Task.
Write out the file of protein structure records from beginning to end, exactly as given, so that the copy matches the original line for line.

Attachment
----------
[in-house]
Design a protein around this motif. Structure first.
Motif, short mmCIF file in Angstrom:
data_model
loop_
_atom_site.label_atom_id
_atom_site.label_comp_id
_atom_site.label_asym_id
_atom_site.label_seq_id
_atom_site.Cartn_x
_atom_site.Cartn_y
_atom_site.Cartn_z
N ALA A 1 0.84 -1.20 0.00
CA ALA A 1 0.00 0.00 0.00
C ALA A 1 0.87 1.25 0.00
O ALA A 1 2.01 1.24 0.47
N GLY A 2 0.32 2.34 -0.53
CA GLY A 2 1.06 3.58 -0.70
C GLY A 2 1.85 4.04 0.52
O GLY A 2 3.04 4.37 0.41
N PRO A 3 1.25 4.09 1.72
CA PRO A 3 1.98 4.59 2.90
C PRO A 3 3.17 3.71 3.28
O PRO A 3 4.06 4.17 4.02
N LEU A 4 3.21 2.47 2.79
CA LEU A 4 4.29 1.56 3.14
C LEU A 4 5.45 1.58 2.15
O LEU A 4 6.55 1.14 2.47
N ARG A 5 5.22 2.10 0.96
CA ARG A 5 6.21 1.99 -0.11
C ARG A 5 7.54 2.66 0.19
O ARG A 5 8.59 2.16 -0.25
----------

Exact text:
[in-house]
Design a protein around this motif. Structure first.
Motif, short mmCIF file in Angstrom:
data_model
loop_
_atom_site.label_atom_id
_atom_site.label_comp_id
_atom_site.label_asym_id
_atom_site.label_seq_id
_atom_site.Cartn_x
_atom_site.Cartn_y
_atom_site.Cartn_z
N ALA A 1 0.84 -1.20 0.00
CA ALA A 1 0.00 0.00 0.00
C ALA A 1 0.87 1.25 0.00
O ALA A 1 2.01 1.24 0.47
N GLY A 2 0.32 2.34 -0.53
CA GLY A 2 1.06 3.58 -0.70
C GLY A 2 1.85 4.04 0.52
O GLY A 2 3.04 4.37 0.41
N PRO A 3 1.25 4.09 1.72
CA PRO A 3 1.98 4.59 2.90
C PRO A 3 3.17 3.71 3.28
O PRO A 3 4.06 4.17 4.02
N LEU A 4 3.21 2.47 2.79
CA LEU A 4 4.29 1.56 3.14
C LEU A 4 5.45 1.58 2.15
O LEU A 4 6.55 1.14 2.47
N ARG A 5 5.22 2.10 0.96
CA ARG A 5 6.21 1.99 -0.11
C ARG A 5 7.54 2.66 0.19
O ARG A 5 8.59 2.16 -0.25